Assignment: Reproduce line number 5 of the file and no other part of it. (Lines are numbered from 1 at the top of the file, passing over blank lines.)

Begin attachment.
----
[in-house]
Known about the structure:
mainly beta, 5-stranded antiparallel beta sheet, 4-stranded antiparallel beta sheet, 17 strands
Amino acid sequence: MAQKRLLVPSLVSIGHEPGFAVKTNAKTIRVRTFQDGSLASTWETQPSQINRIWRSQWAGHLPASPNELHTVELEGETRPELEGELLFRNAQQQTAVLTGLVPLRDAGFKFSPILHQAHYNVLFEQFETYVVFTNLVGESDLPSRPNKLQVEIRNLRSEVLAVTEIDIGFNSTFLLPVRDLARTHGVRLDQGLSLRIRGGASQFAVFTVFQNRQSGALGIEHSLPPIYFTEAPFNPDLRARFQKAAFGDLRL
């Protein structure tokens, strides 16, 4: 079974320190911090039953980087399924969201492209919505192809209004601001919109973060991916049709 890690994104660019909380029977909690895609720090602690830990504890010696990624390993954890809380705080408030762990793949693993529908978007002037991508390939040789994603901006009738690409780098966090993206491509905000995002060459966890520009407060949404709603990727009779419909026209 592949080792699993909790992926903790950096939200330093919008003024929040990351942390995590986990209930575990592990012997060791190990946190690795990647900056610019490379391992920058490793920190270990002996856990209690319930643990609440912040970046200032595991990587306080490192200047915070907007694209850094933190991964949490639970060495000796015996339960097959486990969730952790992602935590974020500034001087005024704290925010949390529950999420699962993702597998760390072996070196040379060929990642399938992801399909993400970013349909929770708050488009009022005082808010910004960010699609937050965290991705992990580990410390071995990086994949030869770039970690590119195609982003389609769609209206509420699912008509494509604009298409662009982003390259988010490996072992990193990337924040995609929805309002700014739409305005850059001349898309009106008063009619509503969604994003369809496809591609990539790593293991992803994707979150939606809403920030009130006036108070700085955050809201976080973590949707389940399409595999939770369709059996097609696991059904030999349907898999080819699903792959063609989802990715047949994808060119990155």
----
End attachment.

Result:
């Protein structure tokens, strides 16, 4: 079974320190911090039953980087399924969201492209919505192809209004601001919109973060991916049709 890690994104660019909380029977909690895609720090602690830990504890010696990624390993954890809380705080408030762990793949693993529908978007002037991508390939040789994603901006009738690409780098966090993206491509905000995002060459966890520009407060949404709603990727009779419909026209 592949080792699993909790992926903790950096939200330093919008003024929040990351942390995590986990209930575990592990012997060791190990946190690795990647900056610019490379391992920058490793920190270990002996856990209690319930643990609440912040970046200032595991990587306080490192200047915070907007694209850094933190991964949490639970060495000796015996339960097959486990969730952790992602935590974020500034001087005024704290925010949390529950999420699962993702597998760390072996070196040379060929990642399938992801399909993400970013349909929770708050488009009022005082808010910004960010699609937050965290991705992990580990410390071995990086994949030869770039970690590119195609982003389609769609209206509420699912008509494509604009298409662009982003390259988010490996072992990193990337924040995609929805309002700014739409305005850059001349898309009106008063009619509503969604994003369809496809591609990539790593293991992803994707979150939606809403920030009130006036108070700085955050809201976080973590949707389940399409595999939770369709059996097609696991059904030999349907898999080819699903792959063609989802990715047949994808060119990155």